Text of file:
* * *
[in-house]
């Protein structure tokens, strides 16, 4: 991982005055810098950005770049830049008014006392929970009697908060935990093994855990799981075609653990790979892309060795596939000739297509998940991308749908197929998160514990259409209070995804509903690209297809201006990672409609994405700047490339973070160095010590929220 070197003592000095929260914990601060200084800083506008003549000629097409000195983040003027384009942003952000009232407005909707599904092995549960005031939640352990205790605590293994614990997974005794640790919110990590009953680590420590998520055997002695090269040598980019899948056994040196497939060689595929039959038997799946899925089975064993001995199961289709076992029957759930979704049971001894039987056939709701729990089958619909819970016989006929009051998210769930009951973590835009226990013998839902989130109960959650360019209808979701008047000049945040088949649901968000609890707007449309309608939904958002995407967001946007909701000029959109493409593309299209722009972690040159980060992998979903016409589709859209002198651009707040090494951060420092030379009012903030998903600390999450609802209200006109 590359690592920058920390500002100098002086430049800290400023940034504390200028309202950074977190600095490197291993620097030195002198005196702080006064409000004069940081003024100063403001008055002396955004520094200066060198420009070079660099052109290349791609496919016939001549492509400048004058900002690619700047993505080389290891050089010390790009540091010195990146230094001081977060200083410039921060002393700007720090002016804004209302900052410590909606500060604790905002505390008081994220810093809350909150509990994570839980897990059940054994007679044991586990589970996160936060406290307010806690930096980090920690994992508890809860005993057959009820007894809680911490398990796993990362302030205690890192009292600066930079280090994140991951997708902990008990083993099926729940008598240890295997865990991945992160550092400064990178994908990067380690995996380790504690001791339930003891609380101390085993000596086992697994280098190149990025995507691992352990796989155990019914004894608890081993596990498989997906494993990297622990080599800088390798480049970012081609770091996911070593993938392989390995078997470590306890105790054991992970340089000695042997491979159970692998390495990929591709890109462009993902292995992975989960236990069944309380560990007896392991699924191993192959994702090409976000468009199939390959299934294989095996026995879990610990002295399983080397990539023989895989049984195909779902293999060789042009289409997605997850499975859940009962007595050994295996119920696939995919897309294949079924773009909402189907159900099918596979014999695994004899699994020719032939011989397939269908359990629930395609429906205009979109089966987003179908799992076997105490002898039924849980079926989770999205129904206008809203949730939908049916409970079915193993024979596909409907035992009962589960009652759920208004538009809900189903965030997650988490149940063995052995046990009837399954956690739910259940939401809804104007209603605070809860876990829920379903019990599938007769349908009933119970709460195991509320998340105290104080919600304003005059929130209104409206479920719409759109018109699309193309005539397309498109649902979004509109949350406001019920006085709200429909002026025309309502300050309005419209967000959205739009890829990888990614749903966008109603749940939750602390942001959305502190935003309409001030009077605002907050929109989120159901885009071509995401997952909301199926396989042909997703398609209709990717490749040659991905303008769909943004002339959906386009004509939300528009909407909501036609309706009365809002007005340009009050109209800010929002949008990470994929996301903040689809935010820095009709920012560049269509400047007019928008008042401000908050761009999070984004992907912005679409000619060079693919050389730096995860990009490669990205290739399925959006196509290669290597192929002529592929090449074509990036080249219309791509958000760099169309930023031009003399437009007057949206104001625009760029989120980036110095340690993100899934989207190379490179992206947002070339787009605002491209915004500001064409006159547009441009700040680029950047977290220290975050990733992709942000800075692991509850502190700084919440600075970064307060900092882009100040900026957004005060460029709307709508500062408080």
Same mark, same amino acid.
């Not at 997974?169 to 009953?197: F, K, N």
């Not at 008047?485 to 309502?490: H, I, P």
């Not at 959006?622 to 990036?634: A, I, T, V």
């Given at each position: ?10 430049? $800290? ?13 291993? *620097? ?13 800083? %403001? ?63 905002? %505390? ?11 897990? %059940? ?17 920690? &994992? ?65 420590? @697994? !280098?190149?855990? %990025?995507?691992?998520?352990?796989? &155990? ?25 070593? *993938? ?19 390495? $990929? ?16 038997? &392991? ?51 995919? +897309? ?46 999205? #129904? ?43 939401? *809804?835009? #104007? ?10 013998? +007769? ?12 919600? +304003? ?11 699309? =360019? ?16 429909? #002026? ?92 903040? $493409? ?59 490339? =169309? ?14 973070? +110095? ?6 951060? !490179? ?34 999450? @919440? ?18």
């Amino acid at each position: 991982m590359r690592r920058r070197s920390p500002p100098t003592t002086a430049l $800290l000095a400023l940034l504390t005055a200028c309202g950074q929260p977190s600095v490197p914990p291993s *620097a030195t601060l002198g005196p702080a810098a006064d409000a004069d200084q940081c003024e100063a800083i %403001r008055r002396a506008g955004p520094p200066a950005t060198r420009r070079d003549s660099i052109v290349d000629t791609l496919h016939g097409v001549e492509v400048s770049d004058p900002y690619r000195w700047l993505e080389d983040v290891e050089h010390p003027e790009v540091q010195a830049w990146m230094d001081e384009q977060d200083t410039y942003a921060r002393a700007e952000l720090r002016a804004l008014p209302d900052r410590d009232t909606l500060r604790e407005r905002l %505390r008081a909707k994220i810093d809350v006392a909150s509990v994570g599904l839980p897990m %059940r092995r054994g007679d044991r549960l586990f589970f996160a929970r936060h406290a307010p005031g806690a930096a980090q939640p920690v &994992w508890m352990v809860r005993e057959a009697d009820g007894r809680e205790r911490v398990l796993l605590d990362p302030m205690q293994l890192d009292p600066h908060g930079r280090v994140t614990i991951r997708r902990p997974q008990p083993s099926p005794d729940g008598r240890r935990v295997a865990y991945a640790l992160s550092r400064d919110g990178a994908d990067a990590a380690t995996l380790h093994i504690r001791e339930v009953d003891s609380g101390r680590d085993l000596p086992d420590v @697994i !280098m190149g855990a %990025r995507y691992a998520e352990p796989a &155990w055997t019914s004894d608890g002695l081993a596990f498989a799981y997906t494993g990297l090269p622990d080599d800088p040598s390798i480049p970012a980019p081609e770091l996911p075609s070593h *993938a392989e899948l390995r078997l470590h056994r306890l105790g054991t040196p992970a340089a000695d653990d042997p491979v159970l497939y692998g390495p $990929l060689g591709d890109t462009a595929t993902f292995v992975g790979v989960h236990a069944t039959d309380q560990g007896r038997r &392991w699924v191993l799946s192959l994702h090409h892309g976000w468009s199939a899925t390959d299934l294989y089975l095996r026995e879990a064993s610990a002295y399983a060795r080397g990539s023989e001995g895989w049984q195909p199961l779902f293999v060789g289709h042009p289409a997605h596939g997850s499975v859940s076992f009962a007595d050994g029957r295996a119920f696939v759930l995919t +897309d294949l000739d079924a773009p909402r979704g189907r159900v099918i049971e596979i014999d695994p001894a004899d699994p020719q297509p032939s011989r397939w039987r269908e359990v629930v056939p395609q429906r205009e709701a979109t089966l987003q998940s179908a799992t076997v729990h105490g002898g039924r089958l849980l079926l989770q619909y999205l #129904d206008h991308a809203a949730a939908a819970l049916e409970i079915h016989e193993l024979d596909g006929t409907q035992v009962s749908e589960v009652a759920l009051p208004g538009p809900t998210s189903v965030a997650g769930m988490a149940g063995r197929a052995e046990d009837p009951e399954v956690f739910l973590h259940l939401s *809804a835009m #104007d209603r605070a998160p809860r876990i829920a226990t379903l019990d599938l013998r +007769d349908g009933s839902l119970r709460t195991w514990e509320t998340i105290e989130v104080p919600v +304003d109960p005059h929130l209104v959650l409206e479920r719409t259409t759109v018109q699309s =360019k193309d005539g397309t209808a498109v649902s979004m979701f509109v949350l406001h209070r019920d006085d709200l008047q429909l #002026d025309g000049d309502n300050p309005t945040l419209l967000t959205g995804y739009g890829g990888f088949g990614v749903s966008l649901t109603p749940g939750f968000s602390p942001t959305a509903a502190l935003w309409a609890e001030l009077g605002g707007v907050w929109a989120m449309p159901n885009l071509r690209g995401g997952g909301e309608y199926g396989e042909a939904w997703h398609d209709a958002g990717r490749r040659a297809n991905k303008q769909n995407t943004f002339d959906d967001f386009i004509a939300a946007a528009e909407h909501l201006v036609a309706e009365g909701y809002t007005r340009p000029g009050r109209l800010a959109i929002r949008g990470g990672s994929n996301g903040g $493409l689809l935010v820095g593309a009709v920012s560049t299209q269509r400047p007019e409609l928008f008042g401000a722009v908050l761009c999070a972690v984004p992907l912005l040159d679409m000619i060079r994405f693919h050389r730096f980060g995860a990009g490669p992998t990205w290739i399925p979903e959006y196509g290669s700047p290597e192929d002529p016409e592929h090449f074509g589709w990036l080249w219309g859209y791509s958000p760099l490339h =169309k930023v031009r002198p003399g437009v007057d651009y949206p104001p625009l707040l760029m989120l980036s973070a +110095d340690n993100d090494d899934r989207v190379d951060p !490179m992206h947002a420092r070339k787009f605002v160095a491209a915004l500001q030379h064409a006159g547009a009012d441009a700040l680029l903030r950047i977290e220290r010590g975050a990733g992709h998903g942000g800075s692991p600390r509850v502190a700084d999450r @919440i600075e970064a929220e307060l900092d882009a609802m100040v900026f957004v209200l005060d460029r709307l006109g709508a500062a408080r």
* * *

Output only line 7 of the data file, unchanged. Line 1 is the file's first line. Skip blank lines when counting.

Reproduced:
């Given at each position: ?10 430049? $800290? ?13 291993? *620097? ?13 800083? %403001? ?63 905002? %505390? ?11 897990? %059940? ?17 920690? &994992? ?65 420590? @697994? !280098?190149?855990? %990025?995507?691992?998520?352990?796989? &155990? ?25 070593? *993938? ?19 390495? $990929? ?16 038997? &392991? ?51 995919? +897309? ?46 999205? #129904? ?43 939401? *809804?835009? #104007? ?10 013998? +007769? ?12 919600? +304003? ?11 699309? =360019? ?16 429909? #002026? ?92 903040? $493409? ?59 490339? =169309? ?14 973070? +110095? ?6 951060? !490179? ?34 999450? @919440? ?18």